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  • RAS or SCMS

    Hi All,

    I have a mid 1970s Craftsman RAS that was just given to me. I need to either replace the stand or mount the head unit to a bench as the current stand is rusted out. Besides that appears to be fine.

    Before I was given the RAS, I was looking into purchasing a 12" SCMS.

    Now I am trying to determine if I should fix the RAS and purchase a CMS or ditch the RAS and buy a SCMS.

    Most of my work will be done at home for typical outdoor projects, etc and moulding.

    Only big advantage to the SCMS is portability.

    Looking for advice here.

    THANKS

    Peter
    -Peter W. Lent<BR>PMi Solutions<BR>www.pmisolutions.net

  • #2
    You can't beat the price of that RAS. I think my dad has that same saw...and another even older. Both still work great.

    I have the Ridgid RAS on the factory stand with a hurculift+. My dad mounted his older unit onto a 5 drawer tool chest. I like it, alot. I am planning on doing the same and will use the hurculift on my band saw. The drawers are perfect for storing blades and other items.

    Buy a mid-quality tool chest and save about $450!!
    keep makn\' sawdust!...just don\'t breath any.

    Comment


    • #3
      I have a early 90's Craftsman RAS and a 12" Delta CMS. I have two complaints about the RAS. First, even after locking the arm into position, the arm can be "bumped" plus or minus one degree while in the locked position. I find myself having to spend way too much time making sure I get the "exact" angle that I want, without getting drift. With the CMS, dead on every time, no movement. I have heard others having the same complaint. Second, seems next to impossible to keep a flat table surface on the RAS. The original top was particle board, long since replaced with MDF top. Both tend to sag after awhile. Now that I have the CMS, I'm seriously considering ditchng the RAS in favor of table saw.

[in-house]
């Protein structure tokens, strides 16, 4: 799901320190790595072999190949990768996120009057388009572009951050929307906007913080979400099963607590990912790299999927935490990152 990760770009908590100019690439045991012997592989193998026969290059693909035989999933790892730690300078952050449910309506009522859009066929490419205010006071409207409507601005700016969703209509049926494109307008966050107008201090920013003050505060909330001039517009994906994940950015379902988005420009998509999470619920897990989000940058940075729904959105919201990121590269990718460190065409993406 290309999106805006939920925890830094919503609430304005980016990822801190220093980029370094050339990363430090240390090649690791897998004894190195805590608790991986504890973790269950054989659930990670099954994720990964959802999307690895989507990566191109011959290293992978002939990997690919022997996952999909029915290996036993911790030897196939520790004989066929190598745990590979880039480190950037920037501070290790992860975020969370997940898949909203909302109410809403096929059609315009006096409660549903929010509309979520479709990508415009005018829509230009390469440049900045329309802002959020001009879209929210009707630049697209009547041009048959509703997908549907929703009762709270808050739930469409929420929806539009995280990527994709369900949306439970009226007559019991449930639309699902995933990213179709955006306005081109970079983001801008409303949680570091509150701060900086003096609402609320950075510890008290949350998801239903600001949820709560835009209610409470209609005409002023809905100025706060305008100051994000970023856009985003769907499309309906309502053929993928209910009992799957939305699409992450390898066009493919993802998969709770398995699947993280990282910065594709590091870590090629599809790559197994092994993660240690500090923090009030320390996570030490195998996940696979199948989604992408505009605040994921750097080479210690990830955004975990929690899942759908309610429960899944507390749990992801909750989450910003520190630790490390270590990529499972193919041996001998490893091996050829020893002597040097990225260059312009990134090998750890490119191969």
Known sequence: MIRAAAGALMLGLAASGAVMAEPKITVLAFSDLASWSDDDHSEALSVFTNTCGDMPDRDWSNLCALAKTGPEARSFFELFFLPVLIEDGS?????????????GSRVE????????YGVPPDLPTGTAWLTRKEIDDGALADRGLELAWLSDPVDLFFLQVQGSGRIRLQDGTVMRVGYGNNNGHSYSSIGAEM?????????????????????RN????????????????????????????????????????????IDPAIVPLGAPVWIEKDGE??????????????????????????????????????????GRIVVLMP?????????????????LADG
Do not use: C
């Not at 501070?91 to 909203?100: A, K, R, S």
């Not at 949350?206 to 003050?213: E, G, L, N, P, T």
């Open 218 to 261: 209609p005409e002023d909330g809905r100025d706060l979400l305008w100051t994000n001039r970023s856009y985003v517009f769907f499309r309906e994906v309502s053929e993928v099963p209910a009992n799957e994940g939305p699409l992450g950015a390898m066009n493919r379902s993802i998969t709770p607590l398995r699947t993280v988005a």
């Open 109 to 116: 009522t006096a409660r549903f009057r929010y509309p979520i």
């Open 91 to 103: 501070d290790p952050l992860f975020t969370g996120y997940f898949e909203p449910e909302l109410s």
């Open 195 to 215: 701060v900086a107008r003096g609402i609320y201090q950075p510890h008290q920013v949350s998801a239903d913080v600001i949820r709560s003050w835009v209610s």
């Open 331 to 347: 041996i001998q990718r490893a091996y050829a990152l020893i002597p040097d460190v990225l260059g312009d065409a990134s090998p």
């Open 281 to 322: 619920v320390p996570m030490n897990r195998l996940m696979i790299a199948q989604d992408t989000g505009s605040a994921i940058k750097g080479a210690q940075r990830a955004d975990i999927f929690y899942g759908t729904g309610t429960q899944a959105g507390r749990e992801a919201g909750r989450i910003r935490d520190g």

Comment


      • #4
        Well I have a TS3612 so that covers the need for the TS. Just wondering if the space in the shop could be used better by something else instead of the RAS

        THANKS

        Peter
        -Peter W. Lent<BR>PMi Solutions<BR>www.pmisolutions.net

        Comment


        • #5
          I also have the ancient Sears RAS made by Emerson (as in Ridgid until recently). Mine has always been mounted on a fancy stand made from scrap 2x4, with $10 worth of casters from the old equivalent of Home Depot. Even has the optional nails in the side of the stand where I hang the unused blades.

          To get an equivalent width of cut, you don't just need a CMS, but a Sliding CMS, which is a French word for "costs as much as a brand new RAS". When I saw that price, I reconsidered, and have continued to use the old RAS.

          The original high density particleboard table had an adjustment to remove any sag, so mine was still flat after 25+ years. I have always used a 1/4 inch plywood or comparable sacrificial cover to preserve the main table. I recently made a smaller table, since I now also have a 3612, making 12 inches (rather than 18-20) a long crosscut, and it leaves more room for the car in my garage "shop."

          The "move the arm" miter cuts are close but not exact. But if you leave the arm in place, and cut the "other end" from the "other" side of the blade (may take some contortions) then the errors cancel and you will have perfect joints. If it moves after you lock the arm, there is an adjustment inside the column to fix that (ugly job, allow an hour).

          The "tilt the head" rather than "move the arm" miter cuts (boards horizontal rather than vertical) seem to be dead on every time.

          So bottom line, if you are a cheapskate like me, the RAS works fine.

          Comment


          • #6
            I have had the Ridgid RAS for about 3 years. I would assume it is basically the same as an old Sears saw. For the first year or so I could not keep it adjusted. You could bump it one or two degrees and if I made a miter cut and returned to 90 degrees, it might be off 1\16 inch in a 12 inch crosscut; sure used to make me mad, but I had it set up like most others I had seen. So I got a little mad one day and tightened the hell out of everything. It ain't real easy to crank up or down or move the arm to cut miters, but I dont have to strain either. So, for the last 2 years I have not had to adjust it again, not even minor adjustments; dead on 90 and 45 cuts. I still check it with a square every time I use it, but still have not had to mess with it. I guess what I'm saying is if you take all the slack out of the adjustments, it may be harder to mave the saw up or down or swing the arm, but it sure stays in alignment.

            Comment


            • #7
              I have the Ras, and the 1060. For rough cutting lenghts, the miter saw takes the heat with a coarser blade, plus all the construction grade cuts. The RAS, well, it handles the finer cuts. Final cuts to exact length after milling, routing, etc, and holds a good 60 tooth cross cut blade. Do very little ripping with it, unless the table saw is set up for some exacting cuts with a dado stack, then to not mess with the that, I'll change to a 40 tooth combo and rip if need be.